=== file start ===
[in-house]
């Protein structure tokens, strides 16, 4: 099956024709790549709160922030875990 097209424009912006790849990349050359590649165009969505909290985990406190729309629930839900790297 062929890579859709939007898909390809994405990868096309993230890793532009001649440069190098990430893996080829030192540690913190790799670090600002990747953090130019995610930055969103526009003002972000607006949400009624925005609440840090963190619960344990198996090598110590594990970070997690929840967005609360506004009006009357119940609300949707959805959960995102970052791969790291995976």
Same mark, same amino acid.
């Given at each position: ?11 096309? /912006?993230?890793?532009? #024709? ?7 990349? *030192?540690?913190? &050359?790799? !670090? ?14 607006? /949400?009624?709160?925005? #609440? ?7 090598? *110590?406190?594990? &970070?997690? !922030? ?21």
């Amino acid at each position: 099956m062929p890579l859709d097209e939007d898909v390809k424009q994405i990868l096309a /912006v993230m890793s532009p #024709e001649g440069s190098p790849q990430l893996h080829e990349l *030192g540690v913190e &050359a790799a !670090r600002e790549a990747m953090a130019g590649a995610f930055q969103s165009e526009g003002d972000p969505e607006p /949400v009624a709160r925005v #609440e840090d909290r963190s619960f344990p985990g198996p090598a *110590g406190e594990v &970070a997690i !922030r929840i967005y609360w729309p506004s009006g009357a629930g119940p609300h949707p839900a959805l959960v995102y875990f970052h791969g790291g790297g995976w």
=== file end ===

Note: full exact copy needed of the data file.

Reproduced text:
[in-house]
């Protein structure tokens, strides 16, 4: 099956024709790549709160922030875990 097209424009912006790849990349050359590649165009969505909290985990406190729309629930839900790297 062929890579859709939007898909390809994405990868096309993230890793532009001649440069190098990430893996080829030192540690913190790799670090600002990747953090130019995610930055969103526009003002972000607006949400009624925005609440840090963190619960344990198996090598110590594990970070997690929840967005609360506004009006009357119940609300949707959805959960995102970052791969790291995976």
Same mark, same amino acid.
């Given at each position: ?11 096309? /912006?993230?890793?532009? #024709? ?7 990349? *030192?540690?913190? &050359?790799? !670090? ?14 607006? /949400?009624?709160?925005? #609440? ?7 090598? *110590?406190?594990? &970070?997690? !922030? ?21």
């Amino acid at each position: 099956m062929p890579l859709d097209e939007d898909v390809k424009q994405i990868l096309a /912006v993230m890793s532009p #024709e001649g440069s190098p790849q990430l893996h080829e990349l *030192g540690v913190e &050359a790799a !670090r600002e790549a990747m953090a130019g590649a995610f930055q969103s165009e526009g003002d972000p969505e607006p /949400v009624a709160r925005v #609440e840090d909290r963190s619960f344990p985990g198996p090598a *110590g406190e594990v &970070a997690i !922030r929840i967005y609360w729309p506004s009006g009357a629930g119940p609300h949707p839900a959805l959960v995102y875990f970052h791969g790291g790297g995976w």